Ok, this is it. This is where I tell you why I was bawling my eyes out over a salami sandwich. It’s a story most of my family doesn’t even know yet because I was so traumatized by it I haven’t been able to speak about it out loud yet. If you need to catch up you can read Part I and Part II.
So Stella was just perfect, we spend two days in the hospital and I see a lactation consultant a few times because Stella seems to not be interested in eating at all. The lactation consultant assures me everything is fine, that she doesn’t need to eat that much right now anyway. The doctors and nurses don’t say anything to us either other than she was a little jaundice but not enough to warrant treatment.
Then, at discharge, minutes away from leaving the hospital and driving to our new home 2 hours away the pediatrician comes in. She announces that Stella has lost 11% of her body weight and that we needed to supplement with formula. And that her jaundice levels were still increasing, but they still were not going to treat her.
What? No, wait a minute, WHAT? You’ve had 48 hours to notice that she has been steadily losing weight and you just decide to tell us NOW? Like, they could have been encouraging me to feed more often, or to pump to increase my milk supply. I tell the pediatrician I do not want to formula feed. She supports me but tells me they want Stella to see her pediatrician the next day for a weight check. Ok, fine.
The next day we go to the pediatrician, in our new town, who we’ve never met and he declares that our baby is orange and will probably need treatment for jaundice. He also says that Stella has now lost 15% of her body weight. He sends us for labs and tells us to wait for his call on what to do.
We go home, 30 minutes away, and make some lunch. I’m worried but not overly so, we are feeding her as much as possible and I figure if she needs treatment for jaundice they would just give us one of those special light blankets to use at home. I’m REALLY excited because all pregnancy I had craved a salami sandwich, but had avoided deli meats as was recommended by my midwife, and now we had just bought salami for our lunch.
The doctor calls as I’m about to make my sandwich. Stella was very jaundice and her weight loss was too extreme for his liking. He was admitting her to the hospital for treatment and we needed to pack up and get her there. I remain calm, I breath, I tell Jacob and we pack up to go to the hospital. I keep telling myself to ‘hold it together‘, Stella was going to be fine, it would be ok, even if they made us do formula we would get her healthy again and that was the most important thing.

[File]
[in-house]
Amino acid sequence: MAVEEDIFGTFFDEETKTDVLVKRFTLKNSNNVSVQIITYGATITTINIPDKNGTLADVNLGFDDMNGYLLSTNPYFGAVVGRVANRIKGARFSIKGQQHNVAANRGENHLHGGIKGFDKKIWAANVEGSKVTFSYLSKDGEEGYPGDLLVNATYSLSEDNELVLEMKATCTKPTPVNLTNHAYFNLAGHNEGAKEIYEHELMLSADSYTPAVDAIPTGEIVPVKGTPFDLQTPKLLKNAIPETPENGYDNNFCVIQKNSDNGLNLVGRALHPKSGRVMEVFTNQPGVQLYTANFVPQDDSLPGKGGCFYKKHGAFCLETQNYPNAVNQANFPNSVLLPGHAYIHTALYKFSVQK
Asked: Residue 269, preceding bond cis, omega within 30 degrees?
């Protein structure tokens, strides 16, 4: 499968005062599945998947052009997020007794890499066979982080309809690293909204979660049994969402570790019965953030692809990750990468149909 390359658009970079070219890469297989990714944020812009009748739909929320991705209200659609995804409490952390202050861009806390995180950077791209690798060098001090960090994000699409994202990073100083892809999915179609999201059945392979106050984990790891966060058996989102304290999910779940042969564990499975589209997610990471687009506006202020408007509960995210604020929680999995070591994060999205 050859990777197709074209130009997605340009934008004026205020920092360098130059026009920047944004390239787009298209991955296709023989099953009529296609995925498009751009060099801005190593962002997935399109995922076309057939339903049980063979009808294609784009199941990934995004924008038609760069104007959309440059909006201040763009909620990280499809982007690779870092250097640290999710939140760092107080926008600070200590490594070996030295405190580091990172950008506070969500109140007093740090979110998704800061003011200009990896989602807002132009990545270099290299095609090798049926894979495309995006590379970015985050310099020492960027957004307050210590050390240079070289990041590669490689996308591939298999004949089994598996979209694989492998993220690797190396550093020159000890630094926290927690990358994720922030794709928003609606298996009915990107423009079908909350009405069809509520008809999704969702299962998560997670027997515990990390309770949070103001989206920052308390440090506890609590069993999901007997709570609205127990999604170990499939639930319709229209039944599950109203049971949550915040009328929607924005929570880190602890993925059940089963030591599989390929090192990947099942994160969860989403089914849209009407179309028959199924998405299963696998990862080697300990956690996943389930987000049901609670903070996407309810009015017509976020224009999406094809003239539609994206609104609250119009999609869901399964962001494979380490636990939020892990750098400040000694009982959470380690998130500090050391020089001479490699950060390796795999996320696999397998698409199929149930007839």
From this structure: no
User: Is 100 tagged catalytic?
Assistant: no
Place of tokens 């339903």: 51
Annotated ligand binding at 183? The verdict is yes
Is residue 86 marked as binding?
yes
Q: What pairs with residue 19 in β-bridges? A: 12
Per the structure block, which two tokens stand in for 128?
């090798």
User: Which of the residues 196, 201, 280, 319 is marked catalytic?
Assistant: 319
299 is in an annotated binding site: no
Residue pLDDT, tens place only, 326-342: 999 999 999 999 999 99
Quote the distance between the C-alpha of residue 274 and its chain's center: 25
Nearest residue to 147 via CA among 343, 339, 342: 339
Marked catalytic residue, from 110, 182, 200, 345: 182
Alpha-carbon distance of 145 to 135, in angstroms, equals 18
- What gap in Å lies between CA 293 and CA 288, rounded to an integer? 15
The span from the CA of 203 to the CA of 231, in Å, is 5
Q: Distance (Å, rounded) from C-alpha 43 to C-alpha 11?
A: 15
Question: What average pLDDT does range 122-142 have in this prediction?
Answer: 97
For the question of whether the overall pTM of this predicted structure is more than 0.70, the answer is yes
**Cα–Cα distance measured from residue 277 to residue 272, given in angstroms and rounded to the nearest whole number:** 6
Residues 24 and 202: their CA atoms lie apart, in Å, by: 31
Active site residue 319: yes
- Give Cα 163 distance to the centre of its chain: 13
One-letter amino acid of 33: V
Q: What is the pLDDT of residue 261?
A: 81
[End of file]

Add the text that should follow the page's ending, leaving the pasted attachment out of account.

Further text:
Jacob tells me I need to eat, as I hadn’t been eating much because I was so worried about Stella. Again, queen of nausea, so when I am stressed I don’t eat. Jacob makes my sandwich as I pack everything we need to go. We get in the car and he hands me my sandwich and again tells me I need to eat even if I wasn’t hungry to keep up my milk supply.
I start to take a few bites. I start thinking how I had craved this sandwich SO much when I was pregnant. How trivial it seemed now with a sick child. How it was probably pointless for me to eat as they were going to probably feed Stella formula. And as I was trying to choke down that sandwich and thinking about all this, I just start crying uncontrollably. Can. Not. Stop. We get to the hospital, a new hospital, in a new town, I’m still crying. Jacob has to do the talking for me as I can not.
We get put in a room and the nurse says we have to strip Stella down and place her in a bassinet on top of a special light-therapy blanket and that she will also have a special light over her to treat her jaundice. Because of the intensity of the light they need to put special goggles on Stella so her eyes won’t be damaged. The nurse emphasizes how important it is that these goggles stay on and cover her eyes completely.
Well in theory that was all well and good. In practice Stella hated the goggles, shrieked and cried and ripped them off every other minute. Stella is bawling her eyes out, a cry of pure misery and confusion as she could hear my voice but I couldn’t pick her up to comfort her. The nurse tells me I have to sit next to the bassinet and anytime the goggles slip I have to readjust them. Jacob had to leave for a few minutes so I’m in the room alone.
Stella is absolutely shrieking and bawling. I remember that I had read or heard that my scent as her mother, the smell of a mom, was comforting to infants. I am wearing two shirts so I rip one off my body and place it in the corner of the bassinet with Stella. As soon as I do that Stella stops shrieking, turns towards the shirt, reaches her little hand out and clutches it, whimpers and settles down.
And then I lost my shi*t. I LOST MY DAMN SH*T. Look, I am not much for using profanity, (outside of my inner monologue) but there is no other way to tell you the absolute sense of despair and worry and fear and broken heartedness I felt at watching my daughter suffer in that moment. I am now bawling hysterically. And when I cry my nose runs like a faucet, so it’s a hot mess up in my face.
Stella’s calmness is short-lived, she rips her goggles off again and starts crying as I try to put them back on. The nurse comes in as she can hear my child shrieking down the hall. I inform her that jaundice treatment be damned I am picking my child up. The nurse wisely assesses my mental state and agrees. I hold her with the light blanket under her, she immediately stops crying, and I try to stop crying.
Jacob comes back and we get Stella back into her bassinet. I can’t relax in any way because we literally have to stare at Stella and make sure her goggles do not slip in the slightest. And they slip every single time she moves her head or body. I am literally on edge with worry. It’s also day 4 after her birth, meaning PEAK time for the postpartum hormones to make me all crazy. I know all this, I acknowledge that my hormones are making me nuts and that we are under extreme stress.